If you do decide that kettlebells are for you, there are dozens of exercises you can perform – some being better than others. From all those exercises, you can probably narrow your exercise choice down to five. These represent the best kettlebell exercises that will provide you with the most bang for your buck!

1. Goblet squats

Gripping the vertical horns of your kettlebell, hold it close to your chest and with the handle just under your chin. Stand with your feet shoulder-width apart and your elbows tucked in close to your sides. With your chest up and looking straight ahead, bend your knees and squat down without leaning forwards. Stand back up and repeat. You can also perform this exercise with the kettlebell inverted which is more demanding.

2. Kettlebell Swings

Swings develop your legs, butt, back and arms. Performed for high reps they provide an effective aerobic workout whereas low reps will develop strength and power. Stand with your feet shoulder–width apart. Hold a single kettlebell in both hands. Bend your knees into a shallow squat and push your hips back. Bend forwards and lower the kettlebell between your knees.

Thrust your hips forwards, extend your knees and swing the kettlebell up to eye level. Let gravity pull the ‘bell back down to the floor while simultaneously bending your knees and hips to return to the shallow squat position. Repeat for the desired number of repetitions.

3. Wrestlers’ Row

Wrestlers’ rows will strengthen your legs, glutes, back and arms. Hold a kettlebell in each hand and stand with your feet hip distance apart. Bend your knees slightly and lean forwards from the hips until your upper body is almost parallel to the floor. Leading with your elbows, pull your hands back and into your lower ribs–this is your starting position. Keeping your right arm pulled into your sides, extend your left arm towards the floor. Pull your arm back into the starting position. Next, extend your right arm while keeping your left arm in place. Continue this alternating pulling pattern until your set is complete.

4. Floor Press

The floor press is an effective chest, shoulder and triceps exercise. Place two kettlebells on the floor and lie between them so that they are level with your shoulders. Place your hands inside the handles so that the ‘bells are resting against the outside of your forearms. Press the weights to arms’ length. Keeping your head on the floor and your legs bent, bend your arms and lower the kettlebells until your upper arms come into contact with the floor. Immediately drive the weights back up to arms’ length. You can also perform this exercise using one kettlebell at a time or using an alternating arm action for variety.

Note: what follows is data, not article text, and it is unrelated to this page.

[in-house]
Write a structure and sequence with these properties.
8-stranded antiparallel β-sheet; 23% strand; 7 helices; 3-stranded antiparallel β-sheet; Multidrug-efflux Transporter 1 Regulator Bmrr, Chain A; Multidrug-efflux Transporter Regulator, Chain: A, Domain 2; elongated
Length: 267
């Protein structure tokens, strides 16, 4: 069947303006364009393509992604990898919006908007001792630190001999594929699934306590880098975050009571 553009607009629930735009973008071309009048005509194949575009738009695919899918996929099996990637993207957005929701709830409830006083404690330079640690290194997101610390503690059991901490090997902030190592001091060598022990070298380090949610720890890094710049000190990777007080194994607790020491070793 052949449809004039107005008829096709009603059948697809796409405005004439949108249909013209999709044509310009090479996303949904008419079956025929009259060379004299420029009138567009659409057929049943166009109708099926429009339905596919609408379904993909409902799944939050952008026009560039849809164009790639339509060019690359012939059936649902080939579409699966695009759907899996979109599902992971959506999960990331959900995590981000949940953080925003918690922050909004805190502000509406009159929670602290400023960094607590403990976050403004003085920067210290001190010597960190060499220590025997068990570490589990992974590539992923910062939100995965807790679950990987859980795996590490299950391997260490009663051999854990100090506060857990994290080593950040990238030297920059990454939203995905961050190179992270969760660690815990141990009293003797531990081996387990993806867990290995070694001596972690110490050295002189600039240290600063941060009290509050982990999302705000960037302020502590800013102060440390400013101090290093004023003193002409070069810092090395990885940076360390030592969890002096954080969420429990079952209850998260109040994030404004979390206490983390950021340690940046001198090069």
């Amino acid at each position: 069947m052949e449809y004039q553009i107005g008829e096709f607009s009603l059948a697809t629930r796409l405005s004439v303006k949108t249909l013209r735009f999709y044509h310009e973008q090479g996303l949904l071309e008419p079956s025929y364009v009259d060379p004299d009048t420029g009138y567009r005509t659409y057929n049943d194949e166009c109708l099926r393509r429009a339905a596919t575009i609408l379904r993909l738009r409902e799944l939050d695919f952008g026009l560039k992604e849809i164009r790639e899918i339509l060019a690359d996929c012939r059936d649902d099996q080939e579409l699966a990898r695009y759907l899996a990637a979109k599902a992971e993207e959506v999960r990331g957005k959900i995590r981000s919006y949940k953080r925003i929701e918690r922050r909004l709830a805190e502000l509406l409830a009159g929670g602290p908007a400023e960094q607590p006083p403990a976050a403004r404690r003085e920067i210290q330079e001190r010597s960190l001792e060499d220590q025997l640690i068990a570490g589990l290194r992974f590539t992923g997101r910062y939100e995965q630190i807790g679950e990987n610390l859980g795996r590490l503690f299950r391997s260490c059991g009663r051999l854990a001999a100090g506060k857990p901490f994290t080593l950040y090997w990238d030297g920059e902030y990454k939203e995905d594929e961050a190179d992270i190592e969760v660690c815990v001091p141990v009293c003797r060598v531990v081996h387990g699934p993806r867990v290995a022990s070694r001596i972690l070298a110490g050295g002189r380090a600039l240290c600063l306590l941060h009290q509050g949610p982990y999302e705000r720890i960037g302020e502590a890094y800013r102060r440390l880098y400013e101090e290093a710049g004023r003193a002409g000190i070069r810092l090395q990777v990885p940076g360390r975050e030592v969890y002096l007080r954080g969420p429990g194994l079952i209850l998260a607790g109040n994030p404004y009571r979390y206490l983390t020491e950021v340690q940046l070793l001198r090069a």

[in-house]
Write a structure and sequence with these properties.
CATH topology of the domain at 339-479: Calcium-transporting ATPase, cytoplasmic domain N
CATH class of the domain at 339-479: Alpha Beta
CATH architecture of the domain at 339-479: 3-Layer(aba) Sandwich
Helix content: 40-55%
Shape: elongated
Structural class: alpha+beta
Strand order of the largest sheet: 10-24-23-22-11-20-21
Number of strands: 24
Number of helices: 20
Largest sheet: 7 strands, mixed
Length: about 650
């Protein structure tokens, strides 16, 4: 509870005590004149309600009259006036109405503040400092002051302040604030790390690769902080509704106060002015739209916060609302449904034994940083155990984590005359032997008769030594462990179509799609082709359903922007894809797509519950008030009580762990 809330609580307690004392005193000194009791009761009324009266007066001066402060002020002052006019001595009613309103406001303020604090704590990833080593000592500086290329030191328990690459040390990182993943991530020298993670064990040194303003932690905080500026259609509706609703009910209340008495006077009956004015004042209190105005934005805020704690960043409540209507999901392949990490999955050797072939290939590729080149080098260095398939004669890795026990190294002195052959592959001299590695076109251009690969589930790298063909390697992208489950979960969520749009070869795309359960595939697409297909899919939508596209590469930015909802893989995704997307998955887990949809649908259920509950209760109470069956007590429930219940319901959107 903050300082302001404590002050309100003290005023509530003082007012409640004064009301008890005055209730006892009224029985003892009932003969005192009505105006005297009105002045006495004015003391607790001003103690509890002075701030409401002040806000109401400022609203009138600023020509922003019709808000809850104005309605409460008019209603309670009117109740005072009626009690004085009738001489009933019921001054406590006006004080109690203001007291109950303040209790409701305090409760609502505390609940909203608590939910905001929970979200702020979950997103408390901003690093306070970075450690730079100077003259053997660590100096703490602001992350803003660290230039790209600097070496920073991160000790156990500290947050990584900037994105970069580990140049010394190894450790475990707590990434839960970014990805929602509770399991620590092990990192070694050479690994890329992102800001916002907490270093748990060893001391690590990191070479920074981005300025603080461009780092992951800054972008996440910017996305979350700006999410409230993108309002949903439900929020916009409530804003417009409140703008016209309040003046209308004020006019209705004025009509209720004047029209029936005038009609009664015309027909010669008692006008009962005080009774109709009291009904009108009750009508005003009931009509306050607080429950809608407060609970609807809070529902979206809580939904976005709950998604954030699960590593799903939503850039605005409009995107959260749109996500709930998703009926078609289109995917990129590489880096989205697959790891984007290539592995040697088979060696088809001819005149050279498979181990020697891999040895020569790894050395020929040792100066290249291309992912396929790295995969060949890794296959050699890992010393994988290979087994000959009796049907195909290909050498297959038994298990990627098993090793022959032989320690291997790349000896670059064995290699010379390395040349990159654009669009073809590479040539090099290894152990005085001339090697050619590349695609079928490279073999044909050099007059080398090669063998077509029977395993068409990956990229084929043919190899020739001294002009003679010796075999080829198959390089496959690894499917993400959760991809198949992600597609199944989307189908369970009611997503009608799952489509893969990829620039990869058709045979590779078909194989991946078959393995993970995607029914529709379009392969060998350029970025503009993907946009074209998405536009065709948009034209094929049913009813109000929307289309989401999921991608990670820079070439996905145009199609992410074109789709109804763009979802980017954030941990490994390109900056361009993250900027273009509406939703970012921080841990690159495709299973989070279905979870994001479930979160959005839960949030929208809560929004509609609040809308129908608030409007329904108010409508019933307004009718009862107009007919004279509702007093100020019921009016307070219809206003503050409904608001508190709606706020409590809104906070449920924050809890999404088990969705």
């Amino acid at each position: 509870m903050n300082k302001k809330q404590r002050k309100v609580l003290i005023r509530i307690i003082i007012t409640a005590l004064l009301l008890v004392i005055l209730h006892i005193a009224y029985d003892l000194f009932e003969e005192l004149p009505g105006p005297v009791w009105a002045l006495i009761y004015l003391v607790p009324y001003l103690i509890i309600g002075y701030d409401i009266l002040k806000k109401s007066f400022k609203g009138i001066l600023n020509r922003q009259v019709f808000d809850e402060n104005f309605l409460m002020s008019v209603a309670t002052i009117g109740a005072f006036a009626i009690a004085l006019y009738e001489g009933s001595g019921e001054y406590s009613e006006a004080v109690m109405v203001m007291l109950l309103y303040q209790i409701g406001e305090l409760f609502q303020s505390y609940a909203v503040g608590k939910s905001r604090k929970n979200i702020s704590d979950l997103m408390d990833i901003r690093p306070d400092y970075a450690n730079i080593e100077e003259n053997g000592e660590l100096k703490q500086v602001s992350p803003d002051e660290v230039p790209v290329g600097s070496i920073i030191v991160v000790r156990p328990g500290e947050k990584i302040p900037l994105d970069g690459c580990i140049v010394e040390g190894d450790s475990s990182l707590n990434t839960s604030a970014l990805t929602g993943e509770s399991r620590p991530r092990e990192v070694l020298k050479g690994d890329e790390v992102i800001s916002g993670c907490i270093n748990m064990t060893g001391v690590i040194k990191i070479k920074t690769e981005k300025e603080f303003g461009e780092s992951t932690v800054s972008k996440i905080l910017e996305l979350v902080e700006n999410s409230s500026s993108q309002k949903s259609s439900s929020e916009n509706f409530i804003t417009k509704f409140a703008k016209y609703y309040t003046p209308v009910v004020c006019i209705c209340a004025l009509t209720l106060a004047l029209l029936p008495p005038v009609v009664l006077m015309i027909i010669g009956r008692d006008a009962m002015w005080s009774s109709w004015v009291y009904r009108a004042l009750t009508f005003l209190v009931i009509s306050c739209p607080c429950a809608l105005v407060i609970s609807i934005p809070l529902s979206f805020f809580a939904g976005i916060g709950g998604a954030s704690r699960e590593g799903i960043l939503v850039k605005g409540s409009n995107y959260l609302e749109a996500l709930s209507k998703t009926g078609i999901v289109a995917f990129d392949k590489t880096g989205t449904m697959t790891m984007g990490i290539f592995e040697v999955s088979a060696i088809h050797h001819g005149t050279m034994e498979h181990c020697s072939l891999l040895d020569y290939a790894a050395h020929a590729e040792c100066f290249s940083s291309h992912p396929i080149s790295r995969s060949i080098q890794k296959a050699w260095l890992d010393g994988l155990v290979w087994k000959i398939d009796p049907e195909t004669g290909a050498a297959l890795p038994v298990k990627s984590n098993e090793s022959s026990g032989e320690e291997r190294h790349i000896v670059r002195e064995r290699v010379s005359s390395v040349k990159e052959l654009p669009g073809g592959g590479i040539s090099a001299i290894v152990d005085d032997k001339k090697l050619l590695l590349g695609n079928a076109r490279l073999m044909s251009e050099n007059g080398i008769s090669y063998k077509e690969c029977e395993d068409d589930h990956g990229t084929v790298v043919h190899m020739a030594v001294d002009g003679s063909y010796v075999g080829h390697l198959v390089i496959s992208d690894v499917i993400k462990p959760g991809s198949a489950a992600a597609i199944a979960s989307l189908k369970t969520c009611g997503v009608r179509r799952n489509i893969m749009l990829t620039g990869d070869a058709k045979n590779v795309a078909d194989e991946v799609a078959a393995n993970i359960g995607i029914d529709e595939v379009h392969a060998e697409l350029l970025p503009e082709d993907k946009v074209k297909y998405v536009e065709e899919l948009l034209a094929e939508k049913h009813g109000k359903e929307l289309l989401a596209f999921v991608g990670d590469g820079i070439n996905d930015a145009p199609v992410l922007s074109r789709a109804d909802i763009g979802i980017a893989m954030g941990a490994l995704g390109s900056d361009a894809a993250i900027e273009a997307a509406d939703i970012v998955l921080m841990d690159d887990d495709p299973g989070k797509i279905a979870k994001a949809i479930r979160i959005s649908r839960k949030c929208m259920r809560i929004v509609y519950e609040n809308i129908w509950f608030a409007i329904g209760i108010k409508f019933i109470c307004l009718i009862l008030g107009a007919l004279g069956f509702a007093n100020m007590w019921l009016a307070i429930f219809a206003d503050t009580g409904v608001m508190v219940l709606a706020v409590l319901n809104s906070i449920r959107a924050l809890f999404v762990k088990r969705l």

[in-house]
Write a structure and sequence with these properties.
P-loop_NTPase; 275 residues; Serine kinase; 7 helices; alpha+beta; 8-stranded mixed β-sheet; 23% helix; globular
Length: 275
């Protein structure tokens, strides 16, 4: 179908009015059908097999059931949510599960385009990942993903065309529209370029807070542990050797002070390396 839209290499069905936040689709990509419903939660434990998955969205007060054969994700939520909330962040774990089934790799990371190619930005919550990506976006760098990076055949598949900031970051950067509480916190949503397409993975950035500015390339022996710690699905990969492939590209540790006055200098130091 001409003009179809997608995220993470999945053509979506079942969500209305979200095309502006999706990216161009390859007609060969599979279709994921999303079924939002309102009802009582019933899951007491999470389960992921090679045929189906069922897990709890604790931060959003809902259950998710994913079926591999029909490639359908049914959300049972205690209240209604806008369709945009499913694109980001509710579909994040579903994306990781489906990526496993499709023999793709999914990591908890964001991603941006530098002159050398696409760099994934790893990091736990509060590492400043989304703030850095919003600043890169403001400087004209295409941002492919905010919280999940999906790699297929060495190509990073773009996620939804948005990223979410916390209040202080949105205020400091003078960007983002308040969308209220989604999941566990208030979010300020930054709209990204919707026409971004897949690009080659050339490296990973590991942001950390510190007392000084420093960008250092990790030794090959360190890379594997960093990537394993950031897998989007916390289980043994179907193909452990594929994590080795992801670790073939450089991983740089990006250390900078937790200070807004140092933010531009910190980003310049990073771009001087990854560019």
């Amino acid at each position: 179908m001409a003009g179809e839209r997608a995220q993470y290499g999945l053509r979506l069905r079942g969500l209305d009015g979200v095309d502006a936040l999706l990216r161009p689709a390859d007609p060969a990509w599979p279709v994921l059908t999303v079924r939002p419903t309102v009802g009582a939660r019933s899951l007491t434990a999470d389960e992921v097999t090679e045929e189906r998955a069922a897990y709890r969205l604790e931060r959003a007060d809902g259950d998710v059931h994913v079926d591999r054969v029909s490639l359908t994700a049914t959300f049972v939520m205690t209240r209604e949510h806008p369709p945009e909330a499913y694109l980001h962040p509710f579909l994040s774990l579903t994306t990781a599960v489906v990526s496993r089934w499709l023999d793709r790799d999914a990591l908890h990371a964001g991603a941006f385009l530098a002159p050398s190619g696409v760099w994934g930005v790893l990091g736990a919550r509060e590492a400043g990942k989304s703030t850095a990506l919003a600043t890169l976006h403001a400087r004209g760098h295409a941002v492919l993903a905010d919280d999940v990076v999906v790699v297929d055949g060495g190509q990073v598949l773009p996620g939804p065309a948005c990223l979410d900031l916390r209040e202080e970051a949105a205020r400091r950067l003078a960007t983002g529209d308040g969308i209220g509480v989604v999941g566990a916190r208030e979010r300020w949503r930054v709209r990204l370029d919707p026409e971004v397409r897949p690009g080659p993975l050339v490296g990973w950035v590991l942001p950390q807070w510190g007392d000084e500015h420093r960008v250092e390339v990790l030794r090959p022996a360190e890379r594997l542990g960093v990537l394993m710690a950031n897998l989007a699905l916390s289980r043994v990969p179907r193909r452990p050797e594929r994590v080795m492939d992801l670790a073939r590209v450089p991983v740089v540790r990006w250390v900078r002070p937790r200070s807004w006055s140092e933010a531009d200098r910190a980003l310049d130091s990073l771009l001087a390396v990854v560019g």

5. Turkish Get Up

The Turkish get up, or TGU for short, is a whole body exercise with particular emphasis on your core. Lie on your back with your legs straight and holding a single kettlebell in your outstretched right arm. This is your starting position and you must endeavor to keep your arm perpendicular to the floor throughout this exercise.

Bend your right leg and place your foot on the floor. Push with your right leg and roll onto your left side while keeping your arm extended up towards the ceiling. Place your left hand on the floor and use your left hand and right leg to drive forwards and sit up. As you sit up, bring your left leg in and take your right leg forward. Position your feet so you are in the bottom position of a lunge and then stand up.

To complete the rep, reverse the movement to get back to the starting position. Repeat for the desired number of repetitions and then change sides.

There is no denying that kettlebells can provide a great workout but that doesn’t mean you have to commit to them 100% and ignore all the other awesome training methods that are available to you. Kettlebells are simply another tool you can use to get yourself in good shape. While they are different to barbells, dumbbells, bodyweight exercises, medicine balls, suspension trainers, and all the other tools available for training, they are not necessarily better. Use them when they are the right tool for the job but don’t feel you are missing out if you don’t have access to them or prefer as alternative method of training. At the end of the day, your muscles know nothing other than work and tension and not the shape of the weight you are lifting!